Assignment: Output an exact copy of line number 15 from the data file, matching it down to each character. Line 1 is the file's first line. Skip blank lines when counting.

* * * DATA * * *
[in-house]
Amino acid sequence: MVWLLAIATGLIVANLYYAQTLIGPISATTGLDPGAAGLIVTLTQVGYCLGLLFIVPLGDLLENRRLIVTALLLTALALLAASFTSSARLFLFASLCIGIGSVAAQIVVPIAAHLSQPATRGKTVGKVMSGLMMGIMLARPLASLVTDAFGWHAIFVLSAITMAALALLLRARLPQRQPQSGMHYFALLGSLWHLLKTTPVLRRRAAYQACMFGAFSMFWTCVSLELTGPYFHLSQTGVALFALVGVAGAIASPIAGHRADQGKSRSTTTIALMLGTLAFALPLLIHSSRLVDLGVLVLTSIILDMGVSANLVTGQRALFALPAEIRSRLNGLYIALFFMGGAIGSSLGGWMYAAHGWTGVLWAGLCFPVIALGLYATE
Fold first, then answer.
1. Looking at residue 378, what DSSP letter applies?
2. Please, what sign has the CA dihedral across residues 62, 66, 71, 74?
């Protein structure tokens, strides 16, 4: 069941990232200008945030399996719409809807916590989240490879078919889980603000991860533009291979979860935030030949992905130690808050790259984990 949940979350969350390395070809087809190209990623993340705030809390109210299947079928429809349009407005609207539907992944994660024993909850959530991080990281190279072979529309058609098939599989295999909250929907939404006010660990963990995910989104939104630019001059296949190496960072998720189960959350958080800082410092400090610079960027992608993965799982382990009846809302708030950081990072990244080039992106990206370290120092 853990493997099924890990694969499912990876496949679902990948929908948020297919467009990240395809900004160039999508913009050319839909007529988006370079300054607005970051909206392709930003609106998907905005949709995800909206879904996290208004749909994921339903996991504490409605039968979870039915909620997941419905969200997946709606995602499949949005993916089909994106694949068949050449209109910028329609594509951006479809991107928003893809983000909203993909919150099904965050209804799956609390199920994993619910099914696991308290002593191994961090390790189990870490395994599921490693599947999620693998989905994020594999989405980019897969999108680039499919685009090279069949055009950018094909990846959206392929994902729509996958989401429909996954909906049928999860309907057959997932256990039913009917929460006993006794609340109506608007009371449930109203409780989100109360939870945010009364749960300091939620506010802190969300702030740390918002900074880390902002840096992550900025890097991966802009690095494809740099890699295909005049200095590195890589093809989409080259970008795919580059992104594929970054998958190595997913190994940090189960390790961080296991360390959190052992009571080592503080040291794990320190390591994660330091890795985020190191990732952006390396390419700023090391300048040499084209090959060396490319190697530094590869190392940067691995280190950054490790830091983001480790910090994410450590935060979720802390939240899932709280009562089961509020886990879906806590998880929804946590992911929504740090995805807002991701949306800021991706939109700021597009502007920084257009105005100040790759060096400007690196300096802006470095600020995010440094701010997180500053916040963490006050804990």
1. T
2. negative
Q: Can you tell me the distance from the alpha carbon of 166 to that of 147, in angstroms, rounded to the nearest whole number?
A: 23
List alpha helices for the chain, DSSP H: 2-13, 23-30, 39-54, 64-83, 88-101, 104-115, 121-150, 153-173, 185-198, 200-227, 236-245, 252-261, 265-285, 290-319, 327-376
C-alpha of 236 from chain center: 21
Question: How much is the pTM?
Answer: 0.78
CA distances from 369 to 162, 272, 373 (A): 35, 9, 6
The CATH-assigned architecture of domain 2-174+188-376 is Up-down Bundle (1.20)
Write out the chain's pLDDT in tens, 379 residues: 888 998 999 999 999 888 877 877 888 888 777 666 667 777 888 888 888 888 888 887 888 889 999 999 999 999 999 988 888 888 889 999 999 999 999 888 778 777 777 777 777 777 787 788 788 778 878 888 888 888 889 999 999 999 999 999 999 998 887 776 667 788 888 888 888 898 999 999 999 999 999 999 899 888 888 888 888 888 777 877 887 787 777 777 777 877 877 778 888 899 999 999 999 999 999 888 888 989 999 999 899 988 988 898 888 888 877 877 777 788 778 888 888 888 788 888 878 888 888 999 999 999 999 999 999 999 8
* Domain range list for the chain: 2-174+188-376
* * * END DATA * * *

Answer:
CA distances from 369 to 162, 272, 373 (A): 35, 9, 6